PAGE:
Wisconsin’s Artists Of The Year

…are the photography collaborators Julie Lindemann and John Shimon. Check them out.




Think Pink

When the AD announced that students needed to fill out an application printed on pink paper, so many students asked for the form in the Art Office that Mr. Engle obliged them with this (reproduced here in black and white).


Film Ain’t Dead, Buddy

It just smells… y’know, chemical.

Aaron Siskind in a self-portrait.


Lastly, http://petapixel.com/2014/12/18/comparing-image-quality-film-digital/ is interesting as well, though it tends to mix up economy, ease, and image quality.

Gifts Must Always Move

If you are not in the habit of bestowing year-round (prints, food, cash, lottery tickets), this is the season in which to do so. Some of the following are real and practical for photographers, and some, well… let’s think outside the continuum.

Consider acquiring a durable syringe, powered by one’s own grip, for your (or your beloved’s) darkroom. It’s a better way to remove dust from negatives and condensers than a pressurized can with warnings about accidental inhalation (until it’s empty, and you throw it away). Here’s the medium size:  http://www.amazon.com/gp/product/B000L9OIQC/ref=pe_62860_128743720_em_1p_1_ti


Film cases are neat and convenient for carrying 5 or 10 rolls of film in one’s bag or pocket. http://www.freestylephoto.biz/103581-35mm-Film-Hard-Case-White-Holds-10-rolls-of-film


An Instax would be very cool. We’re not kidding.



For one’s rough-and-tumble lifestyle, consider a construction site camera!


Make someone one of only 25 to own a Hexomniscope, the six-sided, six-“lens” roll film pinhole camera (it may be on back order).



See if you can locate (on *bay) a Dental-Eye camera, originally made for dentists, with a sort of a macro lens that cannot (doesn’t need to) focus out to infinity.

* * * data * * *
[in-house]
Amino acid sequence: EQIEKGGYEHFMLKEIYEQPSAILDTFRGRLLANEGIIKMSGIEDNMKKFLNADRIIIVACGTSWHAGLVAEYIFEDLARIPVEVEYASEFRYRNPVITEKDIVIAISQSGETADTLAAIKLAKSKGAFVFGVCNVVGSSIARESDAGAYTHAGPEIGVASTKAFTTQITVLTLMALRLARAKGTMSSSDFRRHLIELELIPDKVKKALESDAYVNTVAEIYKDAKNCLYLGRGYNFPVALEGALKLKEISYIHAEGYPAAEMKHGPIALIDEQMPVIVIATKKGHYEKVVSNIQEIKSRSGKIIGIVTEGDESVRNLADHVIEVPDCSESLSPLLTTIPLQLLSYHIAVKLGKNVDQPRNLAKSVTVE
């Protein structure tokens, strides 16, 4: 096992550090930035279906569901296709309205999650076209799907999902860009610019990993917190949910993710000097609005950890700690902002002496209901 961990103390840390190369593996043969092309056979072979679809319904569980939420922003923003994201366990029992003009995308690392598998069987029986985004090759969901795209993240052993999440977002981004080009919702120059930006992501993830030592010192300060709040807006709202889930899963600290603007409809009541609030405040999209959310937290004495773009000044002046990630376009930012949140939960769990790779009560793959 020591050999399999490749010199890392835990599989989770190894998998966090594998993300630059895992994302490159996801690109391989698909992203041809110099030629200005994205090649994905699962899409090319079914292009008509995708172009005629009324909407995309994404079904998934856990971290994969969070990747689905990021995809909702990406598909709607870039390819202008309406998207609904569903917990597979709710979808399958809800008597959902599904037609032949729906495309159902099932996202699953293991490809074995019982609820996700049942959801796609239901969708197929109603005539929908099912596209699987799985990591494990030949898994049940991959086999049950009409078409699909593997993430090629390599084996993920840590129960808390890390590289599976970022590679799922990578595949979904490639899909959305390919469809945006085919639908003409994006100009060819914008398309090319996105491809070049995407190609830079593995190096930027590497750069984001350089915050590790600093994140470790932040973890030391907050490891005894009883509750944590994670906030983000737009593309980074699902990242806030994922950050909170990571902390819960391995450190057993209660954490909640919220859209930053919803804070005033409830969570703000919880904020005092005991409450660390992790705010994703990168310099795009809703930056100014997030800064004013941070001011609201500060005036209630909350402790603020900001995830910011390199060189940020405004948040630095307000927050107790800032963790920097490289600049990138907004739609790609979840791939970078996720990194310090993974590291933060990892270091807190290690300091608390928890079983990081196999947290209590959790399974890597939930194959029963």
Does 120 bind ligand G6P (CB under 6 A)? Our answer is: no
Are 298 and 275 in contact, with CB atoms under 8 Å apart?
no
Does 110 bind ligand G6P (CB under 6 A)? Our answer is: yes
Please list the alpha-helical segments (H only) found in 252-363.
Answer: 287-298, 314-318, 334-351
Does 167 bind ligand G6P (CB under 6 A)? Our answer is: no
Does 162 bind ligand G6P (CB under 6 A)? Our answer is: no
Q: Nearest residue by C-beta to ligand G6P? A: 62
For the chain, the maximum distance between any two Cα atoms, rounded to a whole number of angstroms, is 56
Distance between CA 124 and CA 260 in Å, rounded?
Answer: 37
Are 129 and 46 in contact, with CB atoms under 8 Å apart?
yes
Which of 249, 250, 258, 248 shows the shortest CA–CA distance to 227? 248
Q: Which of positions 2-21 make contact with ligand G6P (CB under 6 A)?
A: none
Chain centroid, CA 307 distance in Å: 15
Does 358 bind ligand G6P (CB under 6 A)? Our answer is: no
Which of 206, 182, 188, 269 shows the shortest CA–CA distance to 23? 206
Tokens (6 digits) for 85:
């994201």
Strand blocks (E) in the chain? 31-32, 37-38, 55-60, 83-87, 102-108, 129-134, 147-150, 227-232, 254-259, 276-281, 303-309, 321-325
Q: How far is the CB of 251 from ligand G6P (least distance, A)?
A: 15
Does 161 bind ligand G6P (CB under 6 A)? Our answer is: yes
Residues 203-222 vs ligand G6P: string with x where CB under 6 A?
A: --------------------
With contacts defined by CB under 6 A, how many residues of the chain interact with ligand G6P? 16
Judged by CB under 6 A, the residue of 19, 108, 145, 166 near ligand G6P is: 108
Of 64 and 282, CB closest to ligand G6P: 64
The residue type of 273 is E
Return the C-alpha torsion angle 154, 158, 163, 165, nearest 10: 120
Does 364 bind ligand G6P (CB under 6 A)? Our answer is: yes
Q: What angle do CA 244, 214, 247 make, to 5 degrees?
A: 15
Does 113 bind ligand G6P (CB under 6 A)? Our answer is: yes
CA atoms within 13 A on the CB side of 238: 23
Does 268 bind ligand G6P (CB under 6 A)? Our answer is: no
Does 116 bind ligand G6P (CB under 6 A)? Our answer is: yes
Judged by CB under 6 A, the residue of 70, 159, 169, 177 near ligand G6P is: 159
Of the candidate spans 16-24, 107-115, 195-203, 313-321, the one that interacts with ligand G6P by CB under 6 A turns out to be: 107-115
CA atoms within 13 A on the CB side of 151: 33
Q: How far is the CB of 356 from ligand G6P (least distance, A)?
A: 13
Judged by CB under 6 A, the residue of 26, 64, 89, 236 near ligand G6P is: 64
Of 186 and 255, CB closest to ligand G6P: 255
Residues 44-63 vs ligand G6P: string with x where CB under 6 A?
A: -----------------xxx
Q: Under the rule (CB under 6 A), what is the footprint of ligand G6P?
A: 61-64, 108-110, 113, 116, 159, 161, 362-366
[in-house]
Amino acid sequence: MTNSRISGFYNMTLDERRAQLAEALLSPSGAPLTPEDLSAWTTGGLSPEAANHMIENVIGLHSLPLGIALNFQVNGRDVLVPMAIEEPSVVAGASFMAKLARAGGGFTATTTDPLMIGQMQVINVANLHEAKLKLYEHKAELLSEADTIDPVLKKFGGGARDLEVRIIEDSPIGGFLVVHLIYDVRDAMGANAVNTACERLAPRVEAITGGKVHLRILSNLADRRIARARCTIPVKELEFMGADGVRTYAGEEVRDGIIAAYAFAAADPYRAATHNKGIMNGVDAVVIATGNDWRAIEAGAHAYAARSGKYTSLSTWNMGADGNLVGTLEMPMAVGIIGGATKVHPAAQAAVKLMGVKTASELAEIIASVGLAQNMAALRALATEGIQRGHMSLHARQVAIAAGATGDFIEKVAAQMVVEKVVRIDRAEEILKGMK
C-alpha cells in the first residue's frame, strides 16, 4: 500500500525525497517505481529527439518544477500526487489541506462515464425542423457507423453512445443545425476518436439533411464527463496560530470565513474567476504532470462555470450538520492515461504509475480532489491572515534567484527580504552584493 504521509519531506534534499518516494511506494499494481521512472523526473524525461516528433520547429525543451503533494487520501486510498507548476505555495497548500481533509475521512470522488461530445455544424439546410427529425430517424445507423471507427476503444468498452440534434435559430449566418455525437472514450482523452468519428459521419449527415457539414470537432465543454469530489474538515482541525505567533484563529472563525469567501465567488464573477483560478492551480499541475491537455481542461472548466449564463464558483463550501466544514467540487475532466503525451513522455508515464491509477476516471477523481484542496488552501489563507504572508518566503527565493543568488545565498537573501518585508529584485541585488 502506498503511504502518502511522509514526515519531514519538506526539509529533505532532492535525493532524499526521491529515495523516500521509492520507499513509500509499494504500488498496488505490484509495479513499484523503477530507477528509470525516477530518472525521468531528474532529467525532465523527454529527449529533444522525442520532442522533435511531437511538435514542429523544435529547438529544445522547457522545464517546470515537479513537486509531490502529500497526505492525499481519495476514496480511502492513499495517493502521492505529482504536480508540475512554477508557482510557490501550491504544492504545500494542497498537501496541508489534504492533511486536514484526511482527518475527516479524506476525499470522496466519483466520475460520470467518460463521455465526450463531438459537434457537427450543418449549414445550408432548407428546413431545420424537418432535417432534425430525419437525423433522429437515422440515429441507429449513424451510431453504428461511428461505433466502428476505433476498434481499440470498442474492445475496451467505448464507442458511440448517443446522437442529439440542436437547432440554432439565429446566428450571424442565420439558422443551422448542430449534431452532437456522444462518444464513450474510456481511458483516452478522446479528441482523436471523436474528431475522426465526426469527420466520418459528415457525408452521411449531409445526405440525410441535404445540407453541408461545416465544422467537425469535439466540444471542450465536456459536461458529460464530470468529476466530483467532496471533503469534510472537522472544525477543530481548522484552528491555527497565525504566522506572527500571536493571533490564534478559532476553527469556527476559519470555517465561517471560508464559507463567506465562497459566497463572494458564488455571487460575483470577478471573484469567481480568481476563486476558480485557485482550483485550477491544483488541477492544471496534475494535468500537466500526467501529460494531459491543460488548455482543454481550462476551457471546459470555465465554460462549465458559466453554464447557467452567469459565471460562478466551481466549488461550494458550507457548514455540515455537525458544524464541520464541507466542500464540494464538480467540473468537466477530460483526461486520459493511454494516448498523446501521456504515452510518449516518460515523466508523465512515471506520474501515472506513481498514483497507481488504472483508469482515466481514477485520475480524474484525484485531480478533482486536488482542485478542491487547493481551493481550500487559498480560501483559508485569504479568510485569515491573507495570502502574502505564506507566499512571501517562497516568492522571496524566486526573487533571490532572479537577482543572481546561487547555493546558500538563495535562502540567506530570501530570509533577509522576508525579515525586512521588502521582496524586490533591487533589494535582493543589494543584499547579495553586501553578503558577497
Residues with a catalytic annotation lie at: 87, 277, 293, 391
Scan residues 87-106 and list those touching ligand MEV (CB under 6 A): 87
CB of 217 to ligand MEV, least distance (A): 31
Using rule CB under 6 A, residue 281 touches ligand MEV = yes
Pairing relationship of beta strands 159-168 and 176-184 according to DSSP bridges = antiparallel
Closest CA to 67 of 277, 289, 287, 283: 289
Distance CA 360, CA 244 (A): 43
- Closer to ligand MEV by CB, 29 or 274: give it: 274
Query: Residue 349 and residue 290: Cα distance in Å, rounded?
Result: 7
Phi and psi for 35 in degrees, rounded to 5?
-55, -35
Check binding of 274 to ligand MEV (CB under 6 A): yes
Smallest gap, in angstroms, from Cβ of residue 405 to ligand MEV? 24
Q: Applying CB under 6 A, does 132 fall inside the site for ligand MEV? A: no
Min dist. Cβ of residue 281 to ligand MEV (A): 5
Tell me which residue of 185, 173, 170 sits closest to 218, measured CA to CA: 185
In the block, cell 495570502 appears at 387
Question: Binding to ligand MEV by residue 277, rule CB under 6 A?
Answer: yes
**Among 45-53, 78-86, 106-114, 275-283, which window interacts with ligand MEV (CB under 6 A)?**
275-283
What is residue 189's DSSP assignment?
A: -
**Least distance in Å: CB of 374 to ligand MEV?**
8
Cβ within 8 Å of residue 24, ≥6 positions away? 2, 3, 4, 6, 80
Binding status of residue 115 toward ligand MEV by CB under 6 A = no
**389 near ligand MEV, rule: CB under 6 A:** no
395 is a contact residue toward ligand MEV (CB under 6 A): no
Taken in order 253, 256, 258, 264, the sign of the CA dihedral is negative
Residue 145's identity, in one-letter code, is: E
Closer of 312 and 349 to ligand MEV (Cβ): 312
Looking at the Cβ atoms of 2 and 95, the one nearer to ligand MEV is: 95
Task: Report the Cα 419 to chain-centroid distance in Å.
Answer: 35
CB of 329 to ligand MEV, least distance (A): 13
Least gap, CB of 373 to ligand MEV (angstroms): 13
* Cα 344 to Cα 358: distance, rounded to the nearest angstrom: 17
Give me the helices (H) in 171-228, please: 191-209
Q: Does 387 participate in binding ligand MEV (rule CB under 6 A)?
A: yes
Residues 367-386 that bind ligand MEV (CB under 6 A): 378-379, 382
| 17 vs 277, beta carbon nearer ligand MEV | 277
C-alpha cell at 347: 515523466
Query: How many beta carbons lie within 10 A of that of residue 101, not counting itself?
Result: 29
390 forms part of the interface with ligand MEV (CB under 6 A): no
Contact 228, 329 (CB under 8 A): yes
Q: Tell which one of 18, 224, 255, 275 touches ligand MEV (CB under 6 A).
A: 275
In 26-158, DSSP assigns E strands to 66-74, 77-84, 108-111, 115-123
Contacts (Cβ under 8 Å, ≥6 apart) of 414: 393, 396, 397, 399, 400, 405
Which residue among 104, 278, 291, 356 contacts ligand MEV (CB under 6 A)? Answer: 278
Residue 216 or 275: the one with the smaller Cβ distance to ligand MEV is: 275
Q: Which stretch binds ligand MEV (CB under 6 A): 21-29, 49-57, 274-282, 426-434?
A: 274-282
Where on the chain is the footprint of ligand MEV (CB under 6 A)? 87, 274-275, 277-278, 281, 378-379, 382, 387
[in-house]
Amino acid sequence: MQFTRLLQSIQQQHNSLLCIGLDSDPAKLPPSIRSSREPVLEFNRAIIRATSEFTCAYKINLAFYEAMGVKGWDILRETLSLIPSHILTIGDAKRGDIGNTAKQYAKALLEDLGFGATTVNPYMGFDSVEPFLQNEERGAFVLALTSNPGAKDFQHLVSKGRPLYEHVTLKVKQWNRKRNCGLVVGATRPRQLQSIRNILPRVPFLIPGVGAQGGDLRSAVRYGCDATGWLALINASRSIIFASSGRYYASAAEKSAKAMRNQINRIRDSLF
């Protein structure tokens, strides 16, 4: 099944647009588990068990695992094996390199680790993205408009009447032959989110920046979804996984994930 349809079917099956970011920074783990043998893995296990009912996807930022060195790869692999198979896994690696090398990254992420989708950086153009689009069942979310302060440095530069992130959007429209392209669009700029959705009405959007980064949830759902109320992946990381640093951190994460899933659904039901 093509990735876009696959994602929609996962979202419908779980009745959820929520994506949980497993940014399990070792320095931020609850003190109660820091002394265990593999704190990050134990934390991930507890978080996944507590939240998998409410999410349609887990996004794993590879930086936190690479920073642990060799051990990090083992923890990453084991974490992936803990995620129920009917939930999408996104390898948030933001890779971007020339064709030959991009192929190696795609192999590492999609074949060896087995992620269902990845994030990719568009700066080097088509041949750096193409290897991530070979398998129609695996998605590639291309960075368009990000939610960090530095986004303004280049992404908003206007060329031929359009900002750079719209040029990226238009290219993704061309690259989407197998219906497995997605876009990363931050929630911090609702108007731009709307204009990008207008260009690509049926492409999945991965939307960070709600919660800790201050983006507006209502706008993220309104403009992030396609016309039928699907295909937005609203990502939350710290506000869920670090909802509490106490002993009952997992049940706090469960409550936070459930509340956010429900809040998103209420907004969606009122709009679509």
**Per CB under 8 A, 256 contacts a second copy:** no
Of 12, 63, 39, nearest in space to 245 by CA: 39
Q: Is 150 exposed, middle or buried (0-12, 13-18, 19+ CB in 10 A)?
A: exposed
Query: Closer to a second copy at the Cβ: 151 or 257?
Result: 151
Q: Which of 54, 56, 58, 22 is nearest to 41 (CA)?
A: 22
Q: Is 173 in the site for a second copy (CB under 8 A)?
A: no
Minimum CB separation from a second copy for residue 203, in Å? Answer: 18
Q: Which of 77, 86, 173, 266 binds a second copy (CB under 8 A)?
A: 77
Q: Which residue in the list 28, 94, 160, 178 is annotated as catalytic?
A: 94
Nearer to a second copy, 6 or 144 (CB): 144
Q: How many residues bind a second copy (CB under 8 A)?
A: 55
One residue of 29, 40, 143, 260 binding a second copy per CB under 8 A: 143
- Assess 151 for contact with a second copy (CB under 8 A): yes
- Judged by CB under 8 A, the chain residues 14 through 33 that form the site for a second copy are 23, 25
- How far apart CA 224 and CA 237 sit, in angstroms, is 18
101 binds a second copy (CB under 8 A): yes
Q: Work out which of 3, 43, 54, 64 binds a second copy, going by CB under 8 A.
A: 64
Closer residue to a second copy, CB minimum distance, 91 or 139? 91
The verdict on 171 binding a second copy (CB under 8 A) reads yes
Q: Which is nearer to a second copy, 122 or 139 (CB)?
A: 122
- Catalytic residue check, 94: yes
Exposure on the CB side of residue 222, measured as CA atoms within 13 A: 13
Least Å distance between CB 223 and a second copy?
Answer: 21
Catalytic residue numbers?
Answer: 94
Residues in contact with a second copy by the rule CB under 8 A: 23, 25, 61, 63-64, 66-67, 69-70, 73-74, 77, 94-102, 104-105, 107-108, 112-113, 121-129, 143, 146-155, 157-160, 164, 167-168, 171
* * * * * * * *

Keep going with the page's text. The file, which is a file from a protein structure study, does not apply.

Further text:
Everyone wants to read The Photographer’s Playbook as much as you do; weve gone through it to save you the time and effort, and we recommend the following twenty-four assignments/projects over the rest of the 307 suggestions: those on pages 4, 5, 14, 18, 19, 33, 54, 59, 60, 61, 67, 70, 72, 73, 125, 156, 158, 173, 198, 200, 267, 283, 324, and 343. As well, page 131 is a prompt to show work, and on page 126 begins the best advice in the entire book.

See also: “Sketchbook With Voices,” by Eric Fischl (maybe the most subversive book in the BHS Libr–uh, Media Center).


The rest of these “gift ideas” are from a long gone periodical. If anyone can identify the magazine or the photographer, so much the better, but it was a different time, and most of the piece is politically incorrect today (or not funny enough to reproduce).







Art Sinsabaugh



“My collection has a nice, utilitarian use, or a cross-discipline use. In many respects, these photographs can’t be done again, because the landscape has changed. The way it looked in the past doesn’t exist anymore, except in someone’s memory. To show you where I am, I like it when retired people want to buy prints to take with them when they leave the Midwest. People send my book out like a postcard. There’s nothing wrong with that.”



“The attitude that considers photography ‘art’ is wrong to me. I’d really rather call myself a photographer than an ‘artist.’ I don’t know the difference, except I have the term ‘arty-farty’ in mind. I’m not rejecting the fact that my photographs are in art museum collections, but I’m not pursuing my work for that reason. I do it for myself.”





1. As always, click on the images to enlarge.

2. This is post #800. Yay.

Alison R., Meet Ray K.





…in which Alison Rossiter develops outdated photo paper to see whether its physical developing out works as a picture. Compare with Ray Metzker’s also-cameraless photograms (and collages) of the late 1990s, the “Singular Sensations.”






Why Should I Write? I’m A Photographer, Dammit.

Joerg Colberg tells you why.

IMG_9885mums 2

“Unless I told you you’re looking at my mother, I’d be foolish to assume you’d know that. Seen that way, photography actually is a very limited and problematic medium, which is, I’d argue, the only reason why it can be art: it looks like it is telling you a lot, but in reality, it isn’t.”


“Don’t approach writing about your photographs by making them first, and then getting to writing about them. That’s not a good idea. Instead, take photographs and write. Look at what you have, both in terms of pictures and of writing, and see what works. Constantly re-evaluate what you have.”